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ASSOCIATED PRESS DISPATCHES
WILSON, N. X, MONDAY, AUG. 15, 1921
Vol. 18; No. 131
BY TARIFF ONFOREIGN PRODUCTS
John H. Kirby, President of the Southern Tariff Congress,
Spoke Today at the Opening of the Fifth Congress in
Greensboro; Mr. Kirby Denied the Organization Was Partisan.
Greensboro, Aug. 15. Protection
of Southern industries through the
imposition of a tariff on foreign pro-
ducts was declared essential for the,
development of home enterprises inj
an address before the Southern Tar- j
iff Congress here today by 'John H.
Kirby, of Houston, Texas, president t
of the organization in opening the'
Southern statesmen, Mr. Kirby as
serted, will be rebuked by their con
stituents if they fail to heed a call
for a protective tariff to safeguard
the south from being overwhelmed
by manufactured products made by
Mr. Kirby denied the organization
was partisan and -asserted that 95
per cent of the membership was
The Congress was opened at 10:30
9clock this morning by E. P. Whcr
on, president of the North Carolina
Division and will conclude its ses
sion tomorrow afternoon.
OX AMERICAN OFFICER
tavana, .ug. 13. Investigations
havV been ordered by the Federal
-OV-nnient ani the Aro:ncan lega
tion sn to an attack made Wednes
day light at 'Camaguey on Leroy
Fostej an American who is a Major
in tht engineering service and the
Hf-eeCi illegal entry by American sol
diers o the home of two Cubans is
search of the assailants.
The Cuban officials and the Ameri
can legaion declined to comment on
the affai- until the investigations
have been completed.
PASS BILL. FOR EXPENSES
OF SHIPPING BOARD.
Washington, Aug. 13. By a vote
of 159 to 87 the House passed today
and sent to the senate the bill carry
ing $48,500,000 for expense of the
shipping board tmtil Jan. 1.
PRESIDENT OF 3IINERS
UNION CALLED BEFORE
Pittsburg, Kns., Aug. 15. Alex
nder Howatt, ipresident of the Kan
sas Miners' Union, has been ailed be
fore the International executive board
:of the United Mine Workers of Amer
ica meeting at Indianapolis. The
order for his appearance came from
President Levis and interrupted a
speaking ccampaign against the Kan
sas Industrial Court law which How
att is making in Kansas
Miss Hiawatha Davis Received
Severe Shock When Auto
Miss Hiawatha Davis daughter of
Mrs. M. M. Davis of Wilson received
bruises and a severe shock when an
automobile in which she was riding
with Mr. and Mrs. W. H. Taylor,
Miss Zola Woodard and Milton Ward
overturned on the Farmers Mill road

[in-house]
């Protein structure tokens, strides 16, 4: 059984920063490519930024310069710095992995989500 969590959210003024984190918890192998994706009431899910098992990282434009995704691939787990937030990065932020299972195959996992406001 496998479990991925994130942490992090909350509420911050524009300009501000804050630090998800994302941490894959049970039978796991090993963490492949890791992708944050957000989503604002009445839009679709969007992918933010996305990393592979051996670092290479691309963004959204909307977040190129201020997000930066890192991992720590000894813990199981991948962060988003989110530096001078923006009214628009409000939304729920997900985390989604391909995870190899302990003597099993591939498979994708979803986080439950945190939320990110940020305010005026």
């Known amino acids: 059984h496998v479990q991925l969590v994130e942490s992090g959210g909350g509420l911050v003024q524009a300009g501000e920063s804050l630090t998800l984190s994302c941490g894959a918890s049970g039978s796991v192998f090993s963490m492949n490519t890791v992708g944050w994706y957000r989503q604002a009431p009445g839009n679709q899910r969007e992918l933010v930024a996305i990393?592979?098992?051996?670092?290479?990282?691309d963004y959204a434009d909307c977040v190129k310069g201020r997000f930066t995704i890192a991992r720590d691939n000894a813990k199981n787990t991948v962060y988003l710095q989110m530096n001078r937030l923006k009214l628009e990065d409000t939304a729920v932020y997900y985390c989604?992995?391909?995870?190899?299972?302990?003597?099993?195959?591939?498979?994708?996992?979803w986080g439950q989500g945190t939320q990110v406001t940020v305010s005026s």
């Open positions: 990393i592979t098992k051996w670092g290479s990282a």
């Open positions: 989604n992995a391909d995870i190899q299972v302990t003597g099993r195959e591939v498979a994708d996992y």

about two miles from Wilson yester
day afternoon shortly after five o'
clock. The other members of the par
ty were slightly bruised. No one was
seriously hurt. At first it was fear
ed that Miss Davis was seriously in
jured, but it developed that she was
Buffering from severe shock and
bruises of a minor nature.
The party was returning to Wilson
in a Ford car driven by Mr. Taylor.
The car met two other automobiles.
In attempting to pass by the other
cars the Ford left the roadway and
overurned in a ditch.
The fact that the car fell across the
ditch probably accounts for the fact
that no one was crushed under the
machine. The top of the car was bad
ly damaged.,. Otherwise the machine
was not damaged and. after being
righted wa: driven to town.
THTAI I HQQ
1 K-) 1 A.L LUiJO
Beaufort, N. C., Aug. 15. The
schooner Louise Howard with a cargo
0f dynamite lies pounding to pieces
on the breakers a total loss,
The vessel was driven into the
shoals during a southwest gale yws
terday and the crew was rescued by
the coast guard as the schooner was
breaking up. Owing to the nature of
her cargo all efforts at salvage have
CHILD IN HER ARMS
More information regarding the as
sault of a negro named Jerome Whit
field on Mrs. Elizabeth Irving, the
wife of a prominent Jones county
tarnser, and the subsequent lynch
ing of the negro yesterday morning
shows that Mrs. Irving was on her
way to visit a relative with her child
in her arms and was walking along
the road, she met the negro who
grabbed her and dragged her into
the woods snatched the baby away
from her arms and accomplished his
purpose. In the struggle the clothes
of the lady were torn from her body.
The negro at the point of a pistol
made her swear that she would not
tell her husband. She picked up her
child and started for the house with
the negro following. When the lat
ter saw her husband approaching he
ran. The negro was employed on